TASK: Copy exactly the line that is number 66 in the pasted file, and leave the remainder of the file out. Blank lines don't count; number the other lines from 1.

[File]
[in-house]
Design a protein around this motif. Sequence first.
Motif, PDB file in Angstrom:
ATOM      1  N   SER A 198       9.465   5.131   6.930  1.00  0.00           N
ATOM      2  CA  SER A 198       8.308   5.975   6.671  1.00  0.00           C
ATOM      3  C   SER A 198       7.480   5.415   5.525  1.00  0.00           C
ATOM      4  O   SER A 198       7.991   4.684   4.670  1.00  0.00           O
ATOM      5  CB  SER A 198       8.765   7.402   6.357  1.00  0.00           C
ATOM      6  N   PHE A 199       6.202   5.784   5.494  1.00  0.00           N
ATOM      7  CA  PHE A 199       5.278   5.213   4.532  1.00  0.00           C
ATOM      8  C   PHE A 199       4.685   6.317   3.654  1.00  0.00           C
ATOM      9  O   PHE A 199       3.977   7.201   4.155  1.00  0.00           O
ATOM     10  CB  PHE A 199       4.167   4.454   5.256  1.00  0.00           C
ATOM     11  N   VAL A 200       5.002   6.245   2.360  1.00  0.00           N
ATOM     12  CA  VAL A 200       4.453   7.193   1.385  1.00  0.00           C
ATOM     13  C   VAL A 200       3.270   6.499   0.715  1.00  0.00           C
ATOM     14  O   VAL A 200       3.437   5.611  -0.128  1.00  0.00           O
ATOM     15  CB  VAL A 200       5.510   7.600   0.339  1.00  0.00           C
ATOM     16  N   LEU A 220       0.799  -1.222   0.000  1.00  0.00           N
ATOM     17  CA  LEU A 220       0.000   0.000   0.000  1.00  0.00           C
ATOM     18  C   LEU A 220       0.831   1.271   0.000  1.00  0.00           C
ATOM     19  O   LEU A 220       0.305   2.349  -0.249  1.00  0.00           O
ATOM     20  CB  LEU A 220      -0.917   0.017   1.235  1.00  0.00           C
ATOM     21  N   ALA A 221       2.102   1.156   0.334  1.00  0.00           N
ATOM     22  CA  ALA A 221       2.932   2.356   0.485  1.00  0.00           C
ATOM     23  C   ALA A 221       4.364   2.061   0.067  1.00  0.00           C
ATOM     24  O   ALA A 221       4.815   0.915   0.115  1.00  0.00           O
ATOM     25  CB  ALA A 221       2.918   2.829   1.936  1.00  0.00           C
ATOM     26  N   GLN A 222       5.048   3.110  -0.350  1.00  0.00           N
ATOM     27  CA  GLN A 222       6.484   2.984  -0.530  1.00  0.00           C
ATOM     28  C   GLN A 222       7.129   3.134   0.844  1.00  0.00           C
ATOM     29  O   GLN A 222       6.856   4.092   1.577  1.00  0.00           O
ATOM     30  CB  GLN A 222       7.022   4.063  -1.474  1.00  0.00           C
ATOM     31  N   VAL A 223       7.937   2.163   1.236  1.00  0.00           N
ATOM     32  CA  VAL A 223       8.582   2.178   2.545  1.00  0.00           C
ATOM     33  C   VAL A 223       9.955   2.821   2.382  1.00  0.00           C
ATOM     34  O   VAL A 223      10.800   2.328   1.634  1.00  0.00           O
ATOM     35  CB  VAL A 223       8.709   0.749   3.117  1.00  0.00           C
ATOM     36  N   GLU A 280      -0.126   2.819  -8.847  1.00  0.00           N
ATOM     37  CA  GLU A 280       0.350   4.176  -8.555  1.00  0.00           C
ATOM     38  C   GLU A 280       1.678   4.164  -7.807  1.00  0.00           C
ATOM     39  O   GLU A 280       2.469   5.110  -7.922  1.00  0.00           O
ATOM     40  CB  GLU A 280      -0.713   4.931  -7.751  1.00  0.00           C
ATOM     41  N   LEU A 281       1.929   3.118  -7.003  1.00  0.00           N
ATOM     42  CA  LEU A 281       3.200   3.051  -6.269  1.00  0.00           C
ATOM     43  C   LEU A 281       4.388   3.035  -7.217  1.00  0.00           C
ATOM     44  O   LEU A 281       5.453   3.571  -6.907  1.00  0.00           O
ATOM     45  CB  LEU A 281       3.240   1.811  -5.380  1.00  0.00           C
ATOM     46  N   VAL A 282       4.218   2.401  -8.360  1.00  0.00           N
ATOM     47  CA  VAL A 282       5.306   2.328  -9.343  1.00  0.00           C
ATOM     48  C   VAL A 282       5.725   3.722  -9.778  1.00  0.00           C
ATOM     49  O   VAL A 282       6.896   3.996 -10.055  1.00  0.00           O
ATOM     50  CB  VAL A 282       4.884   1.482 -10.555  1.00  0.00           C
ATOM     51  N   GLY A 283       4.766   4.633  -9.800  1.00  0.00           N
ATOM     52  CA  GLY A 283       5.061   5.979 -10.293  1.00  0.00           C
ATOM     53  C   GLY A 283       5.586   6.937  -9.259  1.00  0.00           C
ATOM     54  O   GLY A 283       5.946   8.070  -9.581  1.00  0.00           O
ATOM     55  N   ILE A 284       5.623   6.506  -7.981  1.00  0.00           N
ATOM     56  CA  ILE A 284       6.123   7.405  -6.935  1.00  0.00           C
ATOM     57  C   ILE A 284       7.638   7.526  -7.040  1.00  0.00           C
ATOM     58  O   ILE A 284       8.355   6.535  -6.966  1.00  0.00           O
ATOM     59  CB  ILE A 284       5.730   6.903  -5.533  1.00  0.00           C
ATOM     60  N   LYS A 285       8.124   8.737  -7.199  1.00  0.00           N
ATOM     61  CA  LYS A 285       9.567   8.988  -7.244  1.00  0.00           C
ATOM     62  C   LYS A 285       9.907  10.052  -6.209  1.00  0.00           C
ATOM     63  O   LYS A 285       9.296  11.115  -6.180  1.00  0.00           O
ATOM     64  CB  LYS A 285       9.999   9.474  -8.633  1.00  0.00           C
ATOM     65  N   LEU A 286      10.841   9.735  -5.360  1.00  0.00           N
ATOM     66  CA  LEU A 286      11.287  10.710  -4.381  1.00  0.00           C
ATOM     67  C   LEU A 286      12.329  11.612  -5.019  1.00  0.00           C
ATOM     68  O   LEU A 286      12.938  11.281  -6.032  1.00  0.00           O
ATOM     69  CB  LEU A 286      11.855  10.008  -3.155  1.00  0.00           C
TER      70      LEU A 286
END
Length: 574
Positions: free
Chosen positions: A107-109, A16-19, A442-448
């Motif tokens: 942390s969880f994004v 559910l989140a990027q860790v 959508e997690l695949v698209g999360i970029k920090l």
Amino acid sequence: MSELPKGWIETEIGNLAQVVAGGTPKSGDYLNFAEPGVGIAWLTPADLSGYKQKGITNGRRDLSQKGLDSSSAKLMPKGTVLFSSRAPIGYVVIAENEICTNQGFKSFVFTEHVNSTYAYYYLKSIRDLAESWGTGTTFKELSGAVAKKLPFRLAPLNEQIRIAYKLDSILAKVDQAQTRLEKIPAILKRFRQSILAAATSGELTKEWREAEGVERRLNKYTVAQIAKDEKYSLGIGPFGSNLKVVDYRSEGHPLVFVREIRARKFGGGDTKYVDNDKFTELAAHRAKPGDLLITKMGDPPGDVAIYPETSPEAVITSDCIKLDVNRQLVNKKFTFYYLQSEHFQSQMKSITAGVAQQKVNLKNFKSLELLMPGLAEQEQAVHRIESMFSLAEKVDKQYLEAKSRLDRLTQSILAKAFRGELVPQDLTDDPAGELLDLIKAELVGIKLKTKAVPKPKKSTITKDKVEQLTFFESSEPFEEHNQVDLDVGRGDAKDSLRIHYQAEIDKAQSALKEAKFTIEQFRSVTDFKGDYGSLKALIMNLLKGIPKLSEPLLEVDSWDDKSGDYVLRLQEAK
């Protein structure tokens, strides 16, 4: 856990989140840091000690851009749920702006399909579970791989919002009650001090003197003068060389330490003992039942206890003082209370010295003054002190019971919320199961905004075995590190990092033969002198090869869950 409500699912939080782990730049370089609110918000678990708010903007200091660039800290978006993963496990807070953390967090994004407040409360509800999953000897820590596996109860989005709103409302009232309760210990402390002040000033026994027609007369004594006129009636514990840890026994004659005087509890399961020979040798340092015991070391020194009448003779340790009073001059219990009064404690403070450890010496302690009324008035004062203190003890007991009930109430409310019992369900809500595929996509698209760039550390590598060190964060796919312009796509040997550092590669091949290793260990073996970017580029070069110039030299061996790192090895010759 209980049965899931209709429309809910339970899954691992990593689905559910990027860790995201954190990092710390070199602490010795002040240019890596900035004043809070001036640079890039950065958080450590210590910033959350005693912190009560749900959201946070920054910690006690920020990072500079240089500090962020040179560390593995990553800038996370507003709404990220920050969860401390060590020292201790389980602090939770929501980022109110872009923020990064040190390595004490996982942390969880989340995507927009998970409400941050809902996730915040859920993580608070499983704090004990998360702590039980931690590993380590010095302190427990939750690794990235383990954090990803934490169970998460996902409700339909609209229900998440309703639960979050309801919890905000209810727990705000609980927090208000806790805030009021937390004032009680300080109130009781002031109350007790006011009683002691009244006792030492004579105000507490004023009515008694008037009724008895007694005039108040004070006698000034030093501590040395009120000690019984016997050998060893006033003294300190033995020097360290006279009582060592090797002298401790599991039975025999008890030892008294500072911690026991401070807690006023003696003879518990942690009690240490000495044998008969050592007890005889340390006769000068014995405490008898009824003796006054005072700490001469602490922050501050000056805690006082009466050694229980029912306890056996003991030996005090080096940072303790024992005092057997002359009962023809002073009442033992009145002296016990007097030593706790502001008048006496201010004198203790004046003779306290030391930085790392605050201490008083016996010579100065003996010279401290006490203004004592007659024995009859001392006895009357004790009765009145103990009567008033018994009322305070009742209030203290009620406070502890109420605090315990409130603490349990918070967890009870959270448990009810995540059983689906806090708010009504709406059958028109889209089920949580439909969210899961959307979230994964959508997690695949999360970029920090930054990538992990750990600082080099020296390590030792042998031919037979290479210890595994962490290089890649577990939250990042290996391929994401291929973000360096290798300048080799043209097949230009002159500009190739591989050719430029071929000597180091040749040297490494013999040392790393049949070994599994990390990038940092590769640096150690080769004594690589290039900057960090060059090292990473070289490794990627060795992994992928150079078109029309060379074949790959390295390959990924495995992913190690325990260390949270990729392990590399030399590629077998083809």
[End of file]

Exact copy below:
ATOM     63  O   LYS A 285       9.296  11.115  -6.180  1.00  0.00           O